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Tech: Microsoft's current vulnerability

Acme 24 Oct 08 - 03:19 PM
gnu 24 Oct 08 - 03:24 PM
Bonzo3legs 24 Oct 08 - 03:50 PM
Jack Campin 24 Oct 08 - 03:57 PM
JohnInKansas 25 Oct 08 - 07:56 AM
Acme 28 Oct 08 - 11:54 AM
JohnInKansas 29 Oct 08 - 10:40 AM
JohnInKansas 29 Oct 08 - 10:44 AM
Acme 29 Oct 08 - 11:07 PM
JohnInKansas 30 Oct 08 - 12:10 AM
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Subject: Tech: Microsoft's current vulnerability
From: Acme
Date: 24 Oct 08 - 03:19 PM

These things come along periodically, so I've given this thread
a fairly generic name and will refer back to it with future
questions or alert commentary.

For now, a high priority announcement came out at the university where I work about updates due to a new Microsoft vulnerability - MS08-067. They're pushing this through fast, and I also had an update to download this morning on my home computer (via the alert system) as soon as I turned it on.

Maybe with finances going to Hell in a Hand-basket and politics boiling away on the front burner, this slipped past the IT reporters, but I wonder what it is? I searched at Google News and found a site with some technical gibberish.

Here it is.

How does this translate in the real world today? Is there something going on that maybe we should hear about instead of second-guessing what Greenspan knew or didn't know today?

This is the message we received at work:

    ISO Alert (Microsoft Vulnerability - MS08-067) - IMMEDIATE ATTENTION REQUIRED!

    Why Are We Issuing This Alert?

    Periodically, security issues are identified that could allow malicious attacks involving previously unknown security vulnerabilities on some computers running the Microsoft Windows platform. Once such vulnerability has recently been announced and impacts all Microsoft Windows systems on campus. The Office of Information Technology (OIT) offers services to protect UT Arlington information resources against such malicious activities and will automatically keep your computer protected. All computers should already be subscribed to these services. However, please follow the steps below to confirm that your computer is protected. Subscribing to these services is a relatively easy task and will ensure that all computing equipment is protected with approved vendor updates and antivirus definitions on a timely basis, making your computing equipment as secure as possible.

    What can you do?
    Step 1: Confirm that Automatic Updates are properly configured.

    For all UTA Faculty and Staff computers only!

  • On the taskbar, click Start, and then click Run.
  • In the Run dialog box, type wuaucpl.cpl
  • Click OK.
  • An automatic updates dialog box will be displayed. If all of the options are 'grayed out' then your system is properly configured and you can continue to Step 2.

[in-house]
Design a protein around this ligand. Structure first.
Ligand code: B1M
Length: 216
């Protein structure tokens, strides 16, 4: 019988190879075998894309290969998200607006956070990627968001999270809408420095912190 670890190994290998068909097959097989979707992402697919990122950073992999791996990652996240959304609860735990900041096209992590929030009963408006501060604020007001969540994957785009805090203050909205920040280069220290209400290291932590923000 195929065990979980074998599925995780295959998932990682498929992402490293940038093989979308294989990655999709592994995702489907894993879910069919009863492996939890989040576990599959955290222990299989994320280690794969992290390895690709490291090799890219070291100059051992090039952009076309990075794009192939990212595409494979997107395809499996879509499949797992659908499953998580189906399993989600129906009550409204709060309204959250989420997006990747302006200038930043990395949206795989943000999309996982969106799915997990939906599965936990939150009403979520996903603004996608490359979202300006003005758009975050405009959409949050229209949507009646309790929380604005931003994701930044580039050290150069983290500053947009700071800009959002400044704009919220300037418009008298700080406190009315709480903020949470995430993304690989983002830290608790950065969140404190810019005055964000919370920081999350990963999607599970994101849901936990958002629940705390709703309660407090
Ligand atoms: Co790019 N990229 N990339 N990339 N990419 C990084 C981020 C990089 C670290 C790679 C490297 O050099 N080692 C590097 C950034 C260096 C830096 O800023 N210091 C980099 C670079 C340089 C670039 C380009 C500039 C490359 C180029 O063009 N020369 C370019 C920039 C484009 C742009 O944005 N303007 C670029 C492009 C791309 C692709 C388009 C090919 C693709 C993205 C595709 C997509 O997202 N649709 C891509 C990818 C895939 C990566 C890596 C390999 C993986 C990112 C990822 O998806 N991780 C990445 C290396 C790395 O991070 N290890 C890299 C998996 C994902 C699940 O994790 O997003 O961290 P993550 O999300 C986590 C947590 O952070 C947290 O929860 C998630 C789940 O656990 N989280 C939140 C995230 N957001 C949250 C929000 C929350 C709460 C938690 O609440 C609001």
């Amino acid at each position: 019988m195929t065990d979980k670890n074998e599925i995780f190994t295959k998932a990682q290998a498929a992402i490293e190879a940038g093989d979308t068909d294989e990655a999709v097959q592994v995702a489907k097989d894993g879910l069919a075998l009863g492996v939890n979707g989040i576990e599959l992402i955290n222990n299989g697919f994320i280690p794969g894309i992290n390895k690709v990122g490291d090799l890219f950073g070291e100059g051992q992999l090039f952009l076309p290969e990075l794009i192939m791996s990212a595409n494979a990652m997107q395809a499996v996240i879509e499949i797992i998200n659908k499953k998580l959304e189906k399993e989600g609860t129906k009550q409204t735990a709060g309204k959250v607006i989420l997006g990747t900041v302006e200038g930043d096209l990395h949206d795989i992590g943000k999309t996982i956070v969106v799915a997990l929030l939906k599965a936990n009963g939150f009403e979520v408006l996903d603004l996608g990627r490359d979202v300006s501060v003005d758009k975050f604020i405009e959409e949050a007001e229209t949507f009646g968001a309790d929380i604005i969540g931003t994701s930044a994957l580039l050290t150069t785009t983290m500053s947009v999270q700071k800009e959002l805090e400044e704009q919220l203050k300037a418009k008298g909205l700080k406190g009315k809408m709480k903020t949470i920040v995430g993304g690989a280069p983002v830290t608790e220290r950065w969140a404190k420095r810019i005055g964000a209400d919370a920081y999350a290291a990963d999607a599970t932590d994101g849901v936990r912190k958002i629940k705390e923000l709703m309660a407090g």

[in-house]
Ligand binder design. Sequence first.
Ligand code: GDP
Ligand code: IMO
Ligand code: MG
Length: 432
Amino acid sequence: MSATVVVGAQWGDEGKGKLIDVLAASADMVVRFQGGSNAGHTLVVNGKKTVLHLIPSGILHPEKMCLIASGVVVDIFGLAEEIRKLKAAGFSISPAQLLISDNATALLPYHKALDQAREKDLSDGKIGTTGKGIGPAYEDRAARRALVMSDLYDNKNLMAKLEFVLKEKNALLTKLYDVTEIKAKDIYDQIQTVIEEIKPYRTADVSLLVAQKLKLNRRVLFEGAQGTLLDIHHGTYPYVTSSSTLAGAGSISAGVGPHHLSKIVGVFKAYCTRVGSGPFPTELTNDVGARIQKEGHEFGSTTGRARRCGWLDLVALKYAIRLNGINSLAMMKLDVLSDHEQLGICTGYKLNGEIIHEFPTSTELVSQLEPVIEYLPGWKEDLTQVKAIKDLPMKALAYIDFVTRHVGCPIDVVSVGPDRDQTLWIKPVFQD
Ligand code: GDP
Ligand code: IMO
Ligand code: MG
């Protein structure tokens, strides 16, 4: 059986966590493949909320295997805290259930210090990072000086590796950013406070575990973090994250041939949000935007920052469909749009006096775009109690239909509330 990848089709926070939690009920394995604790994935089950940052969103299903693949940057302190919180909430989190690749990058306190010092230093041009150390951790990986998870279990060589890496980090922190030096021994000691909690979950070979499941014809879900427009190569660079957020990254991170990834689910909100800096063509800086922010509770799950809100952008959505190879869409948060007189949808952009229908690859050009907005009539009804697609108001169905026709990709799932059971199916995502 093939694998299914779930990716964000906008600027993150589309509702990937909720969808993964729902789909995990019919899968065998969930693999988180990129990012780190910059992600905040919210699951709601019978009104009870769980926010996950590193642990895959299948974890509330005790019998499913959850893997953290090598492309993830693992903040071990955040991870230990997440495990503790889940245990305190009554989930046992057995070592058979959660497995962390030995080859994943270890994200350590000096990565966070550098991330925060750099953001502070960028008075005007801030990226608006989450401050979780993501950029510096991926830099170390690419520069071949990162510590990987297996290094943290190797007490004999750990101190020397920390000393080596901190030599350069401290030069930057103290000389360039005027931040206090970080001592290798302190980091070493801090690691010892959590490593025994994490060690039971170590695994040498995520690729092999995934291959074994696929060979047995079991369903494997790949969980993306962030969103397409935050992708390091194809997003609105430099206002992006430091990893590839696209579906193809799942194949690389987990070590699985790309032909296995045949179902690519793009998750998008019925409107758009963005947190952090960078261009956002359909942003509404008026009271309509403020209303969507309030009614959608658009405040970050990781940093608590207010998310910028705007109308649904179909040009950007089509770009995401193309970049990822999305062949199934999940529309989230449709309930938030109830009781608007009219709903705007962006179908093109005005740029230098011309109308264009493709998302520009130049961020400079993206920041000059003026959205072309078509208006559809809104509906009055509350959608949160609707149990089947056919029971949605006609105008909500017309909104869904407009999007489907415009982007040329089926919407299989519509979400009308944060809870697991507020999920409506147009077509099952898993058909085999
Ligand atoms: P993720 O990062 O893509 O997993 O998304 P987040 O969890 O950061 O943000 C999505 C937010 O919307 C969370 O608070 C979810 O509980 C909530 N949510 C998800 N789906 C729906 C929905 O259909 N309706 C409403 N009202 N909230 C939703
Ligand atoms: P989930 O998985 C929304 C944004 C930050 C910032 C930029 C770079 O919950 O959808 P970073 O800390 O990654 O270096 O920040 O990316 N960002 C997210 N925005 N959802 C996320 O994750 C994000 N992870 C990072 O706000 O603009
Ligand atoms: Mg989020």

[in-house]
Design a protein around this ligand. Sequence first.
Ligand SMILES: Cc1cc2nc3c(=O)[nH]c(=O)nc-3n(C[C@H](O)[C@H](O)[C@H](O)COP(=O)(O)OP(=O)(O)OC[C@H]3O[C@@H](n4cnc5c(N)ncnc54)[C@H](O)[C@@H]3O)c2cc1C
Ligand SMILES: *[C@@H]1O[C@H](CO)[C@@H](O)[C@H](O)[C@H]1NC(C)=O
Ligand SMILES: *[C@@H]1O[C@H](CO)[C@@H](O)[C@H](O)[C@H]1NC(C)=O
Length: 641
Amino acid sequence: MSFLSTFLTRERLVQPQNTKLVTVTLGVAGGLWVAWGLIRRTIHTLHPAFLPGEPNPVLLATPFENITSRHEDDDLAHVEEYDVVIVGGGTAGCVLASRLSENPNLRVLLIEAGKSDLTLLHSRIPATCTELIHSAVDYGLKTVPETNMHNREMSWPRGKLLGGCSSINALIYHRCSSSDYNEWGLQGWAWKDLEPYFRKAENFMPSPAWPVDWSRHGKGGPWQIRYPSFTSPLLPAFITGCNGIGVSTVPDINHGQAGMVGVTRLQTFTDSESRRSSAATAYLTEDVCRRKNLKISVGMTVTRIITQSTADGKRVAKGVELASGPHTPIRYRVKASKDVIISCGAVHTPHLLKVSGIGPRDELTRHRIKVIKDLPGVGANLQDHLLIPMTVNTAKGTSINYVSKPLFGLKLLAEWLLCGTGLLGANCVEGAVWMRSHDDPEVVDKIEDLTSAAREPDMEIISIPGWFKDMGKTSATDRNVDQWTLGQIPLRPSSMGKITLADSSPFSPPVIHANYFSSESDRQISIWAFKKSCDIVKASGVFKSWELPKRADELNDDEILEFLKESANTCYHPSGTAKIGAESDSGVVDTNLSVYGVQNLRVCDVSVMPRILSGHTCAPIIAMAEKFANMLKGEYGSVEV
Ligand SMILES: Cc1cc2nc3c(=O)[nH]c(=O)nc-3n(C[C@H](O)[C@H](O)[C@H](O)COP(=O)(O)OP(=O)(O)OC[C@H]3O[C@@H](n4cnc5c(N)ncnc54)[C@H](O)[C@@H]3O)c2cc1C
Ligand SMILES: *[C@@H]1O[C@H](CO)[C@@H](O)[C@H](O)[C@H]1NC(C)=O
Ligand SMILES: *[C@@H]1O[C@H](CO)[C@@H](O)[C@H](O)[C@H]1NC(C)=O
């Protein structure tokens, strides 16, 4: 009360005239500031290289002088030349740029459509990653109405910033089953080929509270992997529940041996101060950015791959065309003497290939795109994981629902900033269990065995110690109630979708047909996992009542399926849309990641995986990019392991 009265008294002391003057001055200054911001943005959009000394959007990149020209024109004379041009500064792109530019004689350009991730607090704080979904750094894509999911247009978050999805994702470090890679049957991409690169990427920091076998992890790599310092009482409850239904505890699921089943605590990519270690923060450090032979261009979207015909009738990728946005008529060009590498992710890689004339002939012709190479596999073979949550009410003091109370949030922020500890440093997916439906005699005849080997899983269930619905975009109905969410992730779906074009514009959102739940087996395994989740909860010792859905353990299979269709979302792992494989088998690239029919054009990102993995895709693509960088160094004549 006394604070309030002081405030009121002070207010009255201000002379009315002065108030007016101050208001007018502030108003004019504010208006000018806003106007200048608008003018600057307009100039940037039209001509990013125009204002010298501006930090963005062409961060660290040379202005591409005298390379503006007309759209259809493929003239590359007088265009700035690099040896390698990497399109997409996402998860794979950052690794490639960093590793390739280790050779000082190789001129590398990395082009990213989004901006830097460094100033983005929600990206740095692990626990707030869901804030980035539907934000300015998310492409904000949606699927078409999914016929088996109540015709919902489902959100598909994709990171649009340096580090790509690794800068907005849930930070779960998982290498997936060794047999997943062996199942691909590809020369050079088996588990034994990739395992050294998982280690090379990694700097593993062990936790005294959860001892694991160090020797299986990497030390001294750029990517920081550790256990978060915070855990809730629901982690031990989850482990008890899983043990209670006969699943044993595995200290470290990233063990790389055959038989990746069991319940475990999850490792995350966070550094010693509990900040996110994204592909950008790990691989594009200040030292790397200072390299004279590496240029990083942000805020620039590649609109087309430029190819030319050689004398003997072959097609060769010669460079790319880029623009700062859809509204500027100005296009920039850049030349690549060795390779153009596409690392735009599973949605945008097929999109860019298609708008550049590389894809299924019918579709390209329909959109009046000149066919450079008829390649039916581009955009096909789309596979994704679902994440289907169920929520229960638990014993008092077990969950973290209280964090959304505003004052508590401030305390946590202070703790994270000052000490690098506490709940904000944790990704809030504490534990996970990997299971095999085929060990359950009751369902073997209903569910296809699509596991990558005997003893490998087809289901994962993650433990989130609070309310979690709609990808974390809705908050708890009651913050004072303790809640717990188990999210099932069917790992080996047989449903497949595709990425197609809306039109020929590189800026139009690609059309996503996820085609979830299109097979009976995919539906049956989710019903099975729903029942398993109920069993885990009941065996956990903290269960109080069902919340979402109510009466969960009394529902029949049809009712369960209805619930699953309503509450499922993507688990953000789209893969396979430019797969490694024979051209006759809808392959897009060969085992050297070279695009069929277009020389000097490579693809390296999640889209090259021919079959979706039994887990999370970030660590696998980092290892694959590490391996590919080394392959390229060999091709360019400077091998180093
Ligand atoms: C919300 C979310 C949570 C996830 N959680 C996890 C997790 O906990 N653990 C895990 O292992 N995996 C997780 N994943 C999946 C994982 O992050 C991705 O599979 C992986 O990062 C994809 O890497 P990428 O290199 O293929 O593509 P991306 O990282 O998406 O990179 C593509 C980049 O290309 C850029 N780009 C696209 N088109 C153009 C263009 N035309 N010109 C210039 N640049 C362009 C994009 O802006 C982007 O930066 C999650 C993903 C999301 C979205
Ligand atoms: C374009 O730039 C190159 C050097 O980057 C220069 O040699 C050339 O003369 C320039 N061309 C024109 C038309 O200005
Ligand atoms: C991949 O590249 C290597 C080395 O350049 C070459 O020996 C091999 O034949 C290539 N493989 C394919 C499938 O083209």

• If the options are not 'grayed out' then Click Here to subscribe to the update service.
  • If you are uncomfortable with performing this step or experience any technical difficulties, please call the OIT Helpdesk at x.22208.

    For all Student and Personal computers
  • Due to the number and type of updates that get released, it is recommended that all students and users of personal computers utilize the other automated method of updating. Click Here to go to the Windows Update site. Scan for updates and then review and install all critical updates.

    Step 2: Confirm that the virus definitions on your computer are current.

  • In the system tray (lower right hand corner of screen) double click on the antivirus icon. It will look like this à .
  • The software dialog box will be displayed. If the date for Antivirus and Antispyware Protection is NOT at least Thursday, October 23, 2008 r41 then click on the "Live Update" button and follow the prompts.
  • If you are uncomfortable with the live update process or experience any technical difficulties, please call the OIT Helpdesk at x.22208.

    Step 3: Install security update and then restart your computer!

  • All UT Arlington computers that are subscribed to the protection services will be automatically updated this morning.
  • You will see an icon appear in your system tray notifying you of the update. It will look like this à.
  • Double click on this icon and follow all instructions. After your computer has been updated it will require it to be restarted.
  • If you are uncomfortable with the update process or experience any technical difficulties, please call the OIT Helpdesk at x.xxxxx.
    NOTE: If you would like to manually install the software upgrade please Click Here and follow the instructions. The manual step is only made available for those that need additional technical support and should not be used by the general campus user.

    Following these simple steps will help ensure that your computing equipment will continue to be as secure as possible.


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Subject: RE: Tech: Microsoft's current vulnerability